Of course you would do most anything to save the life of your child. One woman is fighting the government to save her daughter, Jordan.
One of Doreen Gummoe’s twin daughters was born with Francini anemia, a rare inherited blood disorder that destroys bone marrow and increases the chance for developing cancer. Sure enough, when Jordan was 14, doctors found preleukemia cells in her blood. Without a bone marrow transplant, she would not live much longer.
Siblings are usually the best donor match, but neither of her brothers was a match, and two other sisters were born with the same blood disorder. Doreen was devastated as Jordan was put on the national registry awaiting a match for a transplant.
One high-profile case is that of Texas A&M head football coach, Jimbo Fisher. His son was born with Francini anemia, and he is also on the waiting list for a bone marrow transplant. Fisher and his family have raised millions of dollars through their foundation set up in his son’s honor, and to hopefully help them find a donor match.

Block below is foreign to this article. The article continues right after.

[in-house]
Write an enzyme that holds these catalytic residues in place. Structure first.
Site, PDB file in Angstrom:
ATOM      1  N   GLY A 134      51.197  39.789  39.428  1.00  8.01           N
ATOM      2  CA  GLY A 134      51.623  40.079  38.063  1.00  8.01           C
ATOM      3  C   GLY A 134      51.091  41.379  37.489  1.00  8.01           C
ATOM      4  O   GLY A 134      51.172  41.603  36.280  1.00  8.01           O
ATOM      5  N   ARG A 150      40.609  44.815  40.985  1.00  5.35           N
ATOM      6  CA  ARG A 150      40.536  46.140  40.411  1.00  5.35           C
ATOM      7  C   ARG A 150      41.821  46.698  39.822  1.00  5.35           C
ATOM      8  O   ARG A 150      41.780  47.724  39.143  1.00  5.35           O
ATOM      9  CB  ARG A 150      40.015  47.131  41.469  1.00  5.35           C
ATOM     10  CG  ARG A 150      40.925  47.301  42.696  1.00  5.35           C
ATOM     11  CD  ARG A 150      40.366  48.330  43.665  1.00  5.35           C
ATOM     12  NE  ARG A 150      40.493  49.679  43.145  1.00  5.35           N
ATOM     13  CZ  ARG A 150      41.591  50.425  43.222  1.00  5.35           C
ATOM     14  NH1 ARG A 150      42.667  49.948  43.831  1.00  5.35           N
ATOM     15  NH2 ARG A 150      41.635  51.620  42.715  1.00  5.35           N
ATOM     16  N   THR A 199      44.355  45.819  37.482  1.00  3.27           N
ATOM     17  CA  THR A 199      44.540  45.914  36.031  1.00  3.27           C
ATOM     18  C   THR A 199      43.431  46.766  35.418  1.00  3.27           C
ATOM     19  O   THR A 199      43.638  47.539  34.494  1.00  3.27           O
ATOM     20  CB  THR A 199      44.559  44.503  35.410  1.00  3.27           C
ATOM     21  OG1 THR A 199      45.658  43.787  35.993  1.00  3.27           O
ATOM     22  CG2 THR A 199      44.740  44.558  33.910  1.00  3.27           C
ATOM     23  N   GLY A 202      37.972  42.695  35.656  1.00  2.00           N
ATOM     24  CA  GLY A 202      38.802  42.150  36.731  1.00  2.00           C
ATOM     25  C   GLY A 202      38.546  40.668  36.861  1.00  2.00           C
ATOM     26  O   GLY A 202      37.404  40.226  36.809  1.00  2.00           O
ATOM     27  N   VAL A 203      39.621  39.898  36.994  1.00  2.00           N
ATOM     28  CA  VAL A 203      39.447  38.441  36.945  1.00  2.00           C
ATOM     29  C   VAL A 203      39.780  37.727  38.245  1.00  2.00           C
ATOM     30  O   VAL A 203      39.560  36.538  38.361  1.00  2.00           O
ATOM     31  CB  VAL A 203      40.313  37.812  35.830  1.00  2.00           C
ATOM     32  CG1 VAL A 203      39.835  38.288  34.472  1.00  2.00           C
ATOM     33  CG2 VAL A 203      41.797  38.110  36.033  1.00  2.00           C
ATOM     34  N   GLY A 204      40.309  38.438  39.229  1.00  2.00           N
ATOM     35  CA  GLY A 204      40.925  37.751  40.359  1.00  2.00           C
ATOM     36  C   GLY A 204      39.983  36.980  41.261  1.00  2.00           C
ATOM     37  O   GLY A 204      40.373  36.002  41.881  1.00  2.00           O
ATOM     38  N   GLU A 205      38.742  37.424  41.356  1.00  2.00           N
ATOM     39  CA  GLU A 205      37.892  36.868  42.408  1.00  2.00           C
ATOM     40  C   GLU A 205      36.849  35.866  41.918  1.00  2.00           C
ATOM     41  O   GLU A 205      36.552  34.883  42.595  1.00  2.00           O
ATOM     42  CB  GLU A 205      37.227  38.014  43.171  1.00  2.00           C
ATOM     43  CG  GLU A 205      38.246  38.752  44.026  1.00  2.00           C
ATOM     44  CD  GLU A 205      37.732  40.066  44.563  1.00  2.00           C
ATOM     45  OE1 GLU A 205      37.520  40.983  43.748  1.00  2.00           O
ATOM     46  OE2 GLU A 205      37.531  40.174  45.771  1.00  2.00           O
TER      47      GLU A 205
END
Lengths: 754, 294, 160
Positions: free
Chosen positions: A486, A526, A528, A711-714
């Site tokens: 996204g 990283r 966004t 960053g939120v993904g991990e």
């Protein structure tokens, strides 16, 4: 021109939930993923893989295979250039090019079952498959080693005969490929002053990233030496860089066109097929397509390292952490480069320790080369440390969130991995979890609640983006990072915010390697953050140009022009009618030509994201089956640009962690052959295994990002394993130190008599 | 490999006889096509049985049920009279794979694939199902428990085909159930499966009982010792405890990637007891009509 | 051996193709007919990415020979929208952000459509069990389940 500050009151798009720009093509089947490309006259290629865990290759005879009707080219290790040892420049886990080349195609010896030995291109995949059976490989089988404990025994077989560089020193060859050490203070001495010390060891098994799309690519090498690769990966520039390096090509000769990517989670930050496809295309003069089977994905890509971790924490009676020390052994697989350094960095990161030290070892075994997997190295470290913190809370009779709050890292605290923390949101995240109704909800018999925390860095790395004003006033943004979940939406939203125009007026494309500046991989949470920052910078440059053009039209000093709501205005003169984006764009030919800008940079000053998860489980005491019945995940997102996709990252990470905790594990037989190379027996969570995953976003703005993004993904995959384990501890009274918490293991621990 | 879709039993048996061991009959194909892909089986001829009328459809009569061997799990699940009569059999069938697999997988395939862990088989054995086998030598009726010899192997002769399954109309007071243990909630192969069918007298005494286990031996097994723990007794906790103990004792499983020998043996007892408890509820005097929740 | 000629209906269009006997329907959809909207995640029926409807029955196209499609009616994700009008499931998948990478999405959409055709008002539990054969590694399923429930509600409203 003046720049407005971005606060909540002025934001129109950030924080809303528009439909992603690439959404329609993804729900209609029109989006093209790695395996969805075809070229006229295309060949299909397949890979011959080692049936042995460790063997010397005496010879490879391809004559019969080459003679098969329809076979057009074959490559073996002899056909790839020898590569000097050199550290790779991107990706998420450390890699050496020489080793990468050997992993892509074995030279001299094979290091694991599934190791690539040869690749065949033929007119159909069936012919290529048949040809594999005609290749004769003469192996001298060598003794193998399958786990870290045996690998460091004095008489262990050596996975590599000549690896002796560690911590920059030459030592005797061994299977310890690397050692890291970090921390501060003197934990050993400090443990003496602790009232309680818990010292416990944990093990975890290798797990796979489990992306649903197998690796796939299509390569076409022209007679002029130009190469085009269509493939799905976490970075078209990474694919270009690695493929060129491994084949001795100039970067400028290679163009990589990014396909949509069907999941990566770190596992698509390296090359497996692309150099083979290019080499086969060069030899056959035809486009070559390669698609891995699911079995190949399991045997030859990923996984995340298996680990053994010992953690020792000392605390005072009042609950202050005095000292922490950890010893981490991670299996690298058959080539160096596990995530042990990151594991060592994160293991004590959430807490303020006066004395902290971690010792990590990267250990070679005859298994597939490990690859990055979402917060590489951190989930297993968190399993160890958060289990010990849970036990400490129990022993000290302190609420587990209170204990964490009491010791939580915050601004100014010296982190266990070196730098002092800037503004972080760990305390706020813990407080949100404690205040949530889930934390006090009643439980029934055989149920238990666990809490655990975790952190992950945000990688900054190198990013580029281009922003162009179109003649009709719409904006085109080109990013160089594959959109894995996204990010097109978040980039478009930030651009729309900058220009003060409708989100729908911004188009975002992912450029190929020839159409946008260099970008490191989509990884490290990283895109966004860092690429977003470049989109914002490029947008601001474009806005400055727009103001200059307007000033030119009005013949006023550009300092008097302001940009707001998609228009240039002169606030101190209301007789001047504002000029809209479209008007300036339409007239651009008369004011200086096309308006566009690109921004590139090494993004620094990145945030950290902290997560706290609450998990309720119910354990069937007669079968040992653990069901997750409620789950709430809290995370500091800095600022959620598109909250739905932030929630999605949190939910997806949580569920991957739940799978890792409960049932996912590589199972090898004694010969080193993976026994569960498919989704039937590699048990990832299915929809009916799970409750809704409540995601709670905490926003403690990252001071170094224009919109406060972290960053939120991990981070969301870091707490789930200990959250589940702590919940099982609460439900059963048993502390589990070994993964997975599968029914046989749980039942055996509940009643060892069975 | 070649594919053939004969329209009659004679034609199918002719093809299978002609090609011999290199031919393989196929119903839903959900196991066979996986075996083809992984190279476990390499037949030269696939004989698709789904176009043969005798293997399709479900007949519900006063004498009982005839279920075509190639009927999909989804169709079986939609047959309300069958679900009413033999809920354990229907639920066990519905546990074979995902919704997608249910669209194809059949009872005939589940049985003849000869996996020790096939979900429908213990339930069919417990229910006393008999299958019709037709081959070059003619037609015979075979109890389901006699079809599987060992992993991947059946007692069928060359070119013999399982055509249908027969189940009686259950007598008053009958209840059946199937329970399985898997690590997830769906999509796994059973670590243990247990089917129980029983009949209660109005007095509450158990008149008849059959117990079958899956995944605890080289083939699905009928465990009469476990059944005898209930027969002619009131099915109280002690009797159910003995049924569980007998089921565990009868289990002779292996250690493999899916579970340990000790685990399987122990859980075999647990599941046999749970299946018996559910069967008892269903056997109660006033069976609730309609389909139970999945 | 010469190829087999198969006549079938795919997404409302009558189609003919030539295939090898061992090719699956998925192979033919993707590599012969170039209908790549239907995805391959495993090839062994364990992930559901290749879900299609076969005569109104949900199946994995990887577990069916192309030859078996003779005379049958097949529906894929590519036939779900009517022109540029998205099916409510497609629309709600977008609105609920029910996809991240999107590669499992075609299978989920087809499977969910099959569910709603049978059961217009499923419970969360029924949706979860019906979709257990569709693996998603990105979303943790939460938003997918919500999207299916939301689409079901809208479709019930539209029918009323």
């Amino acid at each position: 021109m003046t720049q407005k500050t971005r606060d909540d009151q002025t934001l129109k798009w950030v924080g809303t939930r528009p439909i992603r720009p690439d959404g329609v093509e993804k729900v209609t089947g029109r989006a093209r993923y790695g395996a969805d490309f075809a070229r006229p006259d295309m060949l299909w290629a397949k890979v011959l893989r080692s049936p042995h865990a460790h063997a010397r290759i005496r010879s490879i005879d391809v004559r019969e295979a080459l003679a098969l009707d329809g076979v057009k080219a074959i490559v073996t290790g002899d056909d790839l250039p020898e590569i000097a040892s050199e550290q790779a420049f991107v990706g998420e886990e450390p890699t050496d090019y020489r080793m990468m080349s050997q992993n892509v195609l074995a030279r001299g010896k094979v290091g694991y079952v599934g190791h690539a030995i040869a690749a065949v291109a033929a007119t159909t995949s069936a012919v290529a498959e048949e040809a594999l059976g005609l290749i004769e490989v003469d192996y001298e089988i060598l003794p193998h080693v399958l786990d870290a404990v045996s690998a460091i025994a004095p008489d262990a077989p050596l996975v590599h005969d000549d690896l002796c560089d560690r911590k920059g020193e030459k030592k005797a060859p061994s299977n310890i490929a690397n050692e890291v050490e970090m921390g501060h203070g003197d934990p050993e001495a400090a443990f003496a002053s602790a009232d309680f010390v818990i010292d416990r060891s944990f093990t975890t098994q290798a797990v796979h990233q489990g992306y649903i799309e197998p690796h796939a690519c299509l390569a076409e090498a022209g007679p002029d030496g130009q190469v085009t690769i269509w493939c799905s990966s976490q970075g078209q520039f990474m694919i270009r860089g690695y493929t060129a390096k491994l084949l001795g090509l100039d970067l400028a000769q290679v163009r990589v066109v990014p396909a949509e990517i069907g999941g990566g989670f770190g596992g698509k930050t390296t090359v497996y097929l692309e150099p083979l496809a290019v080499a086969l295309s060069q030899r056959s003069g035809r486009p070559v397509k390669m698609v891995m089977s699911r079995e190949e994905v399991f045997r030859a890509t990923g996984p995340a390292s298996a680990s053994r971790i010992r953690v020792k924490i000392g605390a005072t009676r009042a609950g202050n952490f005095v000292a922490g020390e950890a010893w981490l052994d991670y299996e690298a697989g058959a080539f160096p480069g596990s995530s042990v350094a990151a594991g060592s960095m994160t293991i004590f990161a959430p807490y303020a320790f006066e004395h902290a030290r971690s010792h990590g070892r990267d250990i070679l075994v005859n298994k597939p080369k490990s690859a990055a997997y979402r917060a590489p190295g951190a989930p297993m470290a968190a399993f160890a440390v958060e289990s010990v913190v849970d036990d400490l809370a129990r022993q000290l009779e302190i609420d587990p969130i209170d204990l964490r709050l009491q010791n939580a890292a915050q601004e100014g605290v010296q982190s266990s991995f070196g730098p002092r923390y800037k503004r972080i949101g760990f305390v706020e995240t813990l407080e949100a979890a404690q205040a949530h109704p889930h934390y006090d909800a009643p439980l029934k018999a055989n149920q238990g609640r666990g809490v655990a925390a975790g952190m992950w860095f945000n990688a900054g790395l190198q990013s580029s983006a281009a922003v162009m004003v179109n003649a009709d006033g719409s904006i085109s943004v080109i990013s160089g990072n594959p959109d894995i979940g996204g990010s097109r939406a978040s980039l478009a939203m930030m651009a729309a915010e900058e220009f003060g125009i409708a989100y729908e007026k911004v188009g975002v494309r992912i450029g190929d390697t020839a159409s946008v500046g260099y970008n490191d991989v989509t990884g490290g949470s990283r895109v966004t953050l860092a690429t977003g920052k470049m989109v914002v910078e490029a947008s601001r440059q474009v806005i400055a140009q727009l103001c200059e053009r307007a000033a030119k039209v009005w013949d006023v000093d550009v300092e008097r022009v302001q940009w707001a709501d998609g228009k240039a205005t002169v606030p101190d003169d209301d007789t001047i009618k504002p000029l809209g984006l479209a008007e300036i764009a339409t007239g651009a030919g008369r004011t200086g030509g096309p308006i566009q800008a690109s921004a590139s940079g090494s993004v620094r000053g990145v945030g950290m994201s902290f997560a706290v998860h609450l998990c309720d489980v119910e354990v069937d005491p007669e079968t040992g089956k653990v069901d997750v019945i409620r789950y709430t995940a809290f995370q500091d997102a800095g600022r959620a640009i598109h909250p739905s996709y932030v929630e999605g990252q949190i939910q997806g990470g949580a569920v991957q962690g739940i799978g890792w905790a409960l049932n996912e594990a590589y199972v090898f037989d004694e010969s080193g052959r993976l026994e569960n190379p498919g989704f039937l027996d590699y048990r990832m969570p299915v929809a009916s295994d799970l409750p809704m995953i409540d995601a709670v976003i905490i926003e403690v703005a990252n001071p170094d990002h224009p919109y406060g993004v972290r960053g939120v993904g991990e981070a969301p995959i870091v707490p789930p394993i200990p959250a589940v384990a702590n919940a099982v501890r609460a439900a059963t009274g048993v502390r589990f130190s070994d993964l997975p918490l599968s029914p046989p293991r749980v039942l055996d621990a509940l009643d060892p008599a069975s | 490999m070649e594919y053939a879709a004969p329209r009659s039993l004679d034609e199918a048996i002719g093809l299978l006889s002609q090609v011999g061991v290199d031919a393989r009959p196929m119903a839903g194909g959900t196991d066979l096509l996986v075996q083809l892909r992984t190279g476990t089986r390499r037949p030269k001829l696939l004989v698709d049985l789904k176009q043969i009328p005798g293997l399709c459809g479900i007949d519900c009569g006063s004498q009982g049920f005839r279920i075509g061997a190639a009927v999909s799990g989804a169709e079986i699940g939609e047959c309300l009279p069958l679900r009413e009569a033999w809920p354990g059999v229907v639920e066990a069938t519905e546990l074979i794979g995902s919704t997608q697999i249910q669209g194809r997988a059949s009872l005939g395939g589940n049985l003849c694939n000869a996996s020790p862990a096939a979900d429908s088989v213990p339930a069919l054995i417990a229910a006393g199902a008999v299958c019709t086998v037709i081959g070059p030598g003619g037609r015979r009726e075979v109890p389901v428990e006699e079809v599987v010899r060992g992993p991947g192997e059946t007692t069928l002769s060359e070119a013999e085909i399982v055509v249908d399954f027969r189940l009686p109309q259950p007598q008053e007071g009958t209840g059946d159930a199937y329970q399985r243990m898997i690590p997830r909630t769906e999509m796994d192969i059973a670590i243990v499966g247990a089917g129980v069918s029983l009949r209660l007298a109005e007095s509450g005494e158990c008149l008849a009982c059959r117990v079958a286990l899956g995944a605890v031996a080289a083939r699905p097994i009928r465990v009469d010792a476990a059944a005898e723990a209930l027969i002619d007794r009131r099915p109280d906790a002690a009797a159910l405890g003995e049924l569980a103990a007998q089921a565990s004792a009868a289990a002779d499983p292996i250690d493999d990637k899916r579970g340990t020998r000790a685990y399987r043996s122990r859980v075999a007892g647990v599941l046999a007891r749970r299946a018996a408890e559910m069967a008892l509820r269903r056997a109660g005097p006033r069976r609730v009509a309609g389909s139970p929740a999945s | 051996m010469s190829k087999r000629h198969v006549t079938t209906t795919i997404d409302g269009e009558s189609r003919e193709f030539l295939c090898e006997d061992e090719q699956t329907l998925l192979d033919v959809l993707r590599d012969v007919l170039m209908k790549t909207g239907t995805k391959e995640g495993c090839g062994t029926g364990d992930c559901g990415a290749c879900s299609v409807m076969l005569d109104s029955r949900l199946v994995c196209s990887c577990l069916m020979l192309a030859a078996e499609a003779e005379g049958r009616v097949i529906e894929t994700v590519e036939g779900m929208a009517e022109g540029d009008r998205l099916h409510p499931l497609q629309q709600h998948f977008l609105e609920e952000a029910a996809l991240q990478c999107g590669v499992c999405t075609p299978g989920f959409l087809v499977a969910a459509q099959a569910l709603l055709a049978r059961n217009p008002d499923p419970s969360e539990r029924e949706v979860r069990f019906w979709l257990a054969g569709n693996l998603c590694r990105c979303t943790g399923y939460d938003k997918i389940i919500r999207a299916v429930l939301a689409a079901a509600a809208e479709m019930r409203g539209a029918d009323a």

Gummoe decided not to sit back and wait. She is the lead plaintiff in a lawsuit filed against the U.S. attorney general to challenge the 1984 National Organ Transplant Act. The act makes it illegal to buy or sell organs, including bone marrow.
“If there were compensation for bone marrow donors, that might put more people in the registry,” Gummoe says.
While it is legal to pay for blood, sperm, and eggs, bone marrow is lumped in with solid organs like hearts and kidneys. This is something the lawsuit seeks to change.
The government has responded by saying, “the statute plainly classifies bone marrow as an organ for which compensation is prohibited.”
Should it be legal to pay donors for bone marrow?
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